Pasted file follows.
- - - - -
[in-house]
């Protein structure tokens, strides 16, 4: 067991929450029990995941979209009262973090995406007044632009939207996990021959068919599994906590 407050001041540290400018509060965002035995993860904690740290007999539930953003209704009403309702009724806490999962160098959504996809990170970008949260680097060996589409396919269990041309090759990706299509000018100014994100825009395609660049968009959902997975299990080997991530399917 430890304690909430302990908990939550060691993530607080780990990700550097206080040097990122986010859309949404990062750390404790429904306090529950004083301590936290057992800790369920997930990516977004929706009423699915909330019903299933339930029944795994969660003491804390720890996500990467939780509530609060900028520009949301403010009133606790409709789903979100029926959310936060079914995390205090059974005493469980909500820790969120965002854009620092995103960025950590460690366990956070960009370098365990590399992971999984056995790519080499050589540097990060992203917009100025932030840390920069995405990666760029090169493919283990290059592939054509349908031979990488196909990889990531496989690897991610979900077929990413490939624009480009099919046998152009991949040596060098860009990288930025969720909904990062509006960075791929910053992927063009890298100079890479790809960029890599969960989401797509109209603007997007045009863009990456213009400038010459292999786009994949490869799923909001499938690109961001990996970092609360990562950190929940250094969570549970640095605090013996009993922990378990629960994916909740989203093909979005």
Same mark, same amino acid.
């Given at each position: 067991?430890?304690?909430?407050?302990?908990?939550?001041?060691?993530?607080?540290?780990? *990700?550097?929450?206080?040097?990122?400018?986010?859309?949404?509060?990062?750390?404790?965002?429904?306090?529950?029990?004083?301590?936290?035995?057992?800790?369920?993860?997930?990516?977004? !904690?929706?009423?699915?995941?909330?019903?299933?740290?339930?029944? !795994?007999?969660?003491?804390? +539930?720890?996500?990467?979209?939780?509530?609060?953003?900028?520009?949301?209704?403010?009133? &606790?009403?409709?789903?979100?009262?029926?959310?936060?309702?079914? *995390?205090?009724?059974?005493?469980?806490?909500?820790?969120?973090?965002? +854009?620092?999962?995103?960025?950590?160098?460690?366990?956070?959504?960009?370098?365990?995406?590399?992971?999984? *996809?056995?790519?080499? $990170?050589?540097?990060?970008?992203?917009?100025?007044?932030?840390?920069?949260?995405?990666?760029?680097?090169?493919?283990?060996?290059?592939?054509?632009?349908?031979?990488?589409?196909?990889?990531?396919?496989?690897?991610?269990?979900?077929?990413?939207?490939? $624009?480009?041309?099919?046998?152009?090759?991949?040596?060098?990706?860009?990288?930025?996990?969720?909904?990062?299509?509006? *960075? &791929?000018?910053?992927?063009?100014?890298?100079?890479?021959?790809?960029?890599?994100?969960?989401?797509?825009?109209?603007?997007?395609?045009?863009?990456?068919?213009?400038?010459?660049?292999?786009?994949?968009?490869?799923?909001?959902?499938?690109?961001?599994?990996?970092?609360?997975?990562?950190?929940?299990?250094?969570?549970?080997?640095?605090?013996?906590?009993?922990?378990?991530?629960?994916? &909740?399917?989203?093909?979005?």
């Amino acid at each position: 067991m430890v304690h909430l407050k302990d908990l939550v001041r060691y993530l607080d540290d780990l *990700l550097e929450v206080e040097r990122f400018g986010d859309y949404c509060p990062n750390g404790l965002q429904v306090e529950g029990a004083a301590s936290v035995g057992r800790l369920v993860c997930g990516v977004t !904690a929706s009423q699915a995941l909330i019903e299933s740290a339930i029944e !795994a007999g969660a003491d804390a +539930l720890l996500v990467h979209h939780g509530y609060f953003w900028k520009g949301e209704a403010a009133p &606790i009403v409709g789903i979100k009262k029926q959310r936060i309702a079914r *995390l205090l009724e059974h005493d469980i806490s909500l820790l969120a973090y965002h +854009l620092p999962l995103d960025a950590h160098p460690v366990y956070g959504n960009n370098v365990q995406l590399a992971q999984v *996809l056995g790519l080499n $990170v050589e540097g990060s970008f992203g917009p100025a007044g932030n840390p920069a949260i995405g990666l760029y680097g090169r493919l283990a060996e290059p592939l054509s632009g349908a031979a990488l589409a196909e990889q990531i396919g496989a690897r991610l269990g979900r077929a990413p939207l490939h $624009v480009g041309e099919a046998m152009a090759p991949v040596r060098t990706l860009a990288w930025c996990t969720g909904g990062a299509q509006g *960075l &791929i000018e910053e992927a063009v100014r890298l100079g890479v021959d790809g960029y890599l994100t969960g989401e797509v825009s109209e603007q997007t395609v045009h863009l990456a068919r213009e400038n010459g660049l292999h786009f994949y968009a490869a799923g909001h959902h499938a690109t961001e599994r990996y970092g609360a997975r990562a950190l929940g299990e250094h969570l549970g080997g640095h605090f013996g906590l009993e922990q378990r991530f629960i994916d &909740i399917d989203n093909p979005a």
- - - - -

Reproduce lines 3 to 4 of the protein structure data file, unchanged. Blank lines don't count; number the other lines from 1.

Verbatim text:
Same mark, same amino acid.
């Given at each position: 067991?430890?304690?909430?407050?302990?908990?939550?001041?060691?993530?607080?540290?780990? *990700?550097?929450?206080?040097?990122?400018?986010?859309?949404?509060?990062?750390?404790?965002?429904?306090?529950?029990?004083?301590?936290?035995?057992?800790?369920?993860?997930?990516?977004? !904690?929706?009423?699915?995941?909330?019903?299933?740290?339930?029944? !795994?007999?969660?003491?804390? +539930?720890?996500?990467?979209?939780?509530?609060?953003?900028?520009?949301?209704?403010?009133? &606790?009403?409709?789903?979100?009262?029926?959310?936060?309702?079914? *995390?205090?009724?059974?005493?469980?806490?909500?820790?969120?973090?965002? +854009?620092?999962?995103?960025?950590?160098?460690?366990?956070?959504?960009?370098?365990?995406?590399?992971?999984? *996809?056995?790519?080499? $990170?050589?540097?990060?970008?992203?917009?100025?007044?932030?840390?920069?949260?995405?990666?760029?680097?090169?493919?283990?060996?290059?592939?054509?632009?349908?031979?990488?589409?196909?990889?990531?396919?496989?690897?991610?269990?979900?077929?990413?939207?490939? $624009?480009?041309?099919?046998?152009?090759?991949?040596?060098?990706?860009?990288?930025?996990?969720?909904?990062?299509?509006? *960075? &791929?000018?910053?992927?063009?100014?890298?100079?890479?021959?790809?960029?890599?994100?969960?989401?797509?825009?109209?603007?997007?395609?045009?863009?990456?068919?213009?400038?010459?660049?292999?786009?994949?968009?490869?799923?909001?959902?499938?690109?961001?599994?990996?970092?609360?997975?990562?950190?929940?299990?250094?969570?549970?080997?640095?605090?013996?906590?009993?922990?378990?991530?629960?994916? &909740?399917?989203?093909?979005?």